Beyond ‘the grind’ of work there is life
Are you familiar with ‘the grind’? It goes something like this:
You go to sleep (max, six hours), you wake up, you check your phone (Facebook, Instagram, LinkedIn and emails of course), you jump in the shower and check your phone again.
You might go to the gym, boxing, run or swim, then rush to your business or job in between getting the kids ready for school, trying to make at least one phone call on the way.
You grind through the day trying to get through your ‘to do list’ but inevitably get distracted by phone calls and emails that weren’t part of your grand plan for the day.
When you finally ‘finish’ work you try to relax by watching television and then go to sleep and do it all over again the next day.
I haven’t forgotten that while achieving all of this you also need to give your children and/or your partner love and attention, which you manage to throw in while looking at emails and taking telephone calls after hours.
It’s exhausting, but hey, at least you feel important and it’s what you need to create financial security, right?
This grind we refer to becomes an obsession for us and can be very destructive, destructive to yourself and your relationships.
The outcome of this obsession is often suffering.
Stop and think about it for a second.
Many will say that they are not obsessed by building their businesses, assets or career. That they actually love doing it.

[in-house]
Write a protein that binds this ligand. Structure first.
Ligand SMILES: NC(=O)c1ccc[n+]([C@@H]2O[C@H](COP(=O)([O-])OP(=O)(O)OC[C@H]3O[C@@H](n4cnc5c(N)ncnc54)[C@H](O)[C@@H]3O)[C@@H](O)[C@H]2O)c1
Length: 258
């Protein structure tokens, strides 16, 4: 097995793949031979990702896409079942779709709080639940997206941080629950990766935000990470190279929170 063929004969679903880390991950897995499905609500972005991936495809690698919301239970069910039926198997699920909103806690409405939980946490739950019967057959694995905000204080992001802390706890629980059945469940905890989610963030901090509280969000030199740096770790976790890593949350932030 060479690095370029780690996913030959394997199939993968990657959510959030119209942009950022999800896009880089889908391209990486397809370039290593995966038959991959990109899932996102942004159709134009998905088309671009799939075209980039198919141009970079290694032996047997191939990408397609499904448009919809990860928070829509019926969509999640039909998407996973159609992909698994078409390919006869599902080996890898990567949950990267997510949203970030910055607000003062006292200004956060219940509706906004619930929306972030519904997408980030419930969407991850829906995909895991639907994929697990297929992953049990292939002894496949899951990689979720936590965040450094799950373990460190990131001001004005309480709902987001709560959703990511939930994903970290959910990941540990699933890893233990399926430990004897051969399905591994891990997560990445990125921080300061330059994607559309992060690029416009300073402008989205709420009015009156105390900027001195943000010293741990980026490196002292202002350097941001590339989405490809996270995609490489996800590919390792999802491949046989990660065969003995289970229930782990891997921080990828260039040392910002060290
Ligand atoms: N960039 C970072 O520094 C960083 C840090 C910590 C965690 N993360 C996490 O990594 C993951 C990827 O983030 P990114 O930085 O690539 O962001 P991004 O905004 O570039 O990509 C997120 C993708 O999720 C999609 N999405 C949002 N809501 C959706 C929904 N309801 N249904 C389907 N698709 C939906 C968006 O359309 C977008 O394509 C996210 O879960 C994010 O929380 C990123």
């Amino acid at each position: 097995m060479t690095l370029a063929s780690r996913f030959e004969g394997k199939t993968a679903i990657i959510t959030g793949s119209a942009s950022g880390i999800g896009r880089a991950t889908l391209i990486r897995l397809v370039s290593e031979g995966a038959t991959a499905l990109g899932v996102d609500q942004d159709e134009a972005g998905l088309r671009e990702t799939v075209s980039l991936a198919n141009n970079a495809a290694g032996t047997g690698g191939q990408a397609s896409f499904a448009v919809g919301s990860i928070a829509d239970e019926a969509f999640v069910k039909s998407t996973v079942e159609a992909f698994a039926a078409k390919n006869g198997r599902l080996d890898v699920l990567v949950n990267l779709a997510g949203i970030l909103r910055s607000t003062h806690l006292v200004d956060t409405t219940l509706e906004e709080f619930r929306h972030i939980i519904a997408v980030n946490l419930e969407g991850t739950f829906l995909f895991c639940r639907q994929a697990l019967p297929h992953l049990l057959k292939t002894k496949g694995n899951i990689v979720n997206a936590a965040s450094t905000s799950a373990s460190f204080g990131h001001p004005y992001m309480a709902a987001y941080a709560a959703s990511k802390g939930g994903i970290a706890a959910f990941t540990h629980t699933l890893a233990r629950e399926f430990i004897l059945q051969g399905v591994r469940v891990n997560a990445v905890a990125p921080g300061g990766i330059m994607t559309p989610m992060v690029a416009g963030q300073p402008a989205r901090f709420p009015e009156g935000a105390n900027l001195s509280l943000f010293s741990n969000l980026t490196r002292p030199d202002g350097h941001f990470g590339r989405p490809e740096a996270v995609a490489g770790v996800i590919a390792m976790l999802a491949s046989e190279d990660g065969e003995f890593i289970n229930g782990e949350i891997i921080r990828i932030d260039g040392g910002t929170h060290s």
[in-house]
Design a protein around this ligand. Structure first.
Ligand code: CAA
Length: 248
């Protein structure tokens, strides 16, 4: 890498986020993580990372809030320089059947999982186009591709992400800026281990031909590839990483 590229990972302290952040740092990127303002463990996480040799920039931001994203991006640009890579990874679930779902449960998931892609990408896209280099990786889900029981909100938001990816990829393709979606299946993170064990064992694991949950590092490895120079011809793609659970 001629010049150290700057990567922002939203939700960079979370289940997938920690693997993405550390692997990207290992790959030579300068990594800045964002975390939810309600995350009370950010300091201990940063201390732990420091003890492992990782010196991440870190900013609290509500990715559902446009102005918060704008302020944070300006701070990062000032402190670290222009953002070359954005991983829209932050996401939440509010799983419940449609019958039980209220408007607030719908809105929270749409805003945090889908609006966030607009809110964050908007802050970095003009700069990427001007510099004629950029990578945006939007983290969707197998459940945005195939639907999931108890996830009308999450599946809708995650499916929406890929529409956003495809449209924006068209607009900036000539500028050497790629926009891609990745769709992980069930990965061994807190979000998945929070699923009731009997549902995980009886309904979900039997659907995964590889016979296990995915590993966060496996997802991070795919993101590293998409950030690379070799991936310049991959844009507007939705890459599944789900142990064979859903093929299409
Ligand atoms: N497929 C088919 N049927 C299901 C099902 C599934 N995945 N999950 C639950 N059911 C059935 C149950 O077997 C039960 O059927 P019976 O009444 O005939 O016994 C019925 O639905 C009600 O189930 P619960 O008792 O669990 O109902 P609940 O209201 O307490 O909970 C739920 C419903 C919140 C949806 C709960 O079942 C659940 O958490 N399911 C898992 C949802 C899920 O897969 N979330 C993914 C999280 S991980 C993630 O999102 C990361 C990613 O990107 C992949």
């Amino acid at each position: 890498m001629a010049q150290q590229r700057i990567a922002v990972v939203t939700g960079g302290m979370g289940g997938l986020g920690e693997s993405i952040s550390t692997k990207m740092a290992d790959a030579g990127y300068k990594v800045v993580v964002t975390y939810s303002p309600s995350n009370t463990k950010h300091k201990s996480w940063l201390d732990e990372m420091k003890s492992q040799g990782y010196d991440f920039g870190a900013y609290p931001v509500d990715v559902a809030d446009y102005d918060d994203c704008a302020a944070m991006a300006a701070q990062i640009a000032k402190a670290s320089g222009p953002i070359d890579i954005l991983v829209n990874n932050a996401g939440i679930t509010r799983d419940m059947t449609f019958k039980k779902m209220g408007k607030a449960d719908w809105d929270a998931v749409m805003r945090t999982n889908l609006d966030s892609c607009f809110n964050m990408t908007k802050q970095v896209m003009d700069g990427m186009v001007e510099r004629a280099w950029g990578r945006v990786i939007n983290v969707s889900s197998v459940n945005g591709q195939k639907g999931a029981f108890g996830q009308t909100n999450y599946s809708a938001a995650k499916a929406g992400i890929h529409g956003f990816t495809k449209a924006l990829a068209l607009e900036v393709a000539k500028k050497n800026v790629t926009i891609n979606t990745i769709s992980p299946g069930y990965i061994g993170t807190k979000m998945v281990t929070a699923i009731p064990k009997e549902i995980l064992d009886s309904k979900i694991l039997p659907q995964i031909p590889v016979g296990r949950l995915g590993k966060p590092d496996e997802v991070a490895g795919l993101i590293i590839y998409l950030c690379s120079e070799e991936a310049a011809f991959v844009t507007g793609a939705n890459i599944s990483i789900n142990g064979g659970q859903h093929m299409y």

Don’t get me wrong, we all have to do the grind to build security and a strong business, but have you got the capability to shut the grind off and actually shift from obsession to enjoyment?
Personally, the intention behind creating my business was so I could have financial freedom and time to do what I loved. I have found myself grinding away at projects that eat up every minute of my free time.
This obsession, that I truly believe all entrepreneurs and business owners have to be successful, must be given a finite life.
Many of us don’t know how to switch off or turn it down and so continue the journey of suffering as they forget why they are doing it.
What would your life be like if you slowed down just a little?
What if you realised sooner rather than later that you did not need to grind and hustle as you did in the first 20-40 years of your life at the same intensity, but rather enjoyed the journey more and found more balance?
What if you took your time waking up, scheduled breaks for self-care, were fully present when you were with your loved ones, and made your working hours as productive and focused as possible so that you had less of them?
Sometimes it’s better to take one step backwards so you can take two steps forward, instead of incrementally ploughing through life and being forced to slow down when you inevitably burn out or become unwell.
Too much of the ‘grind’ has serious consequences; it kills our focus, our results, and often our relationships.
Become aware of the grind you are in and choose when and how you can slow down. You may find that you actually achieve more rather than less.
This article was originally featured in the Newcastle Herald.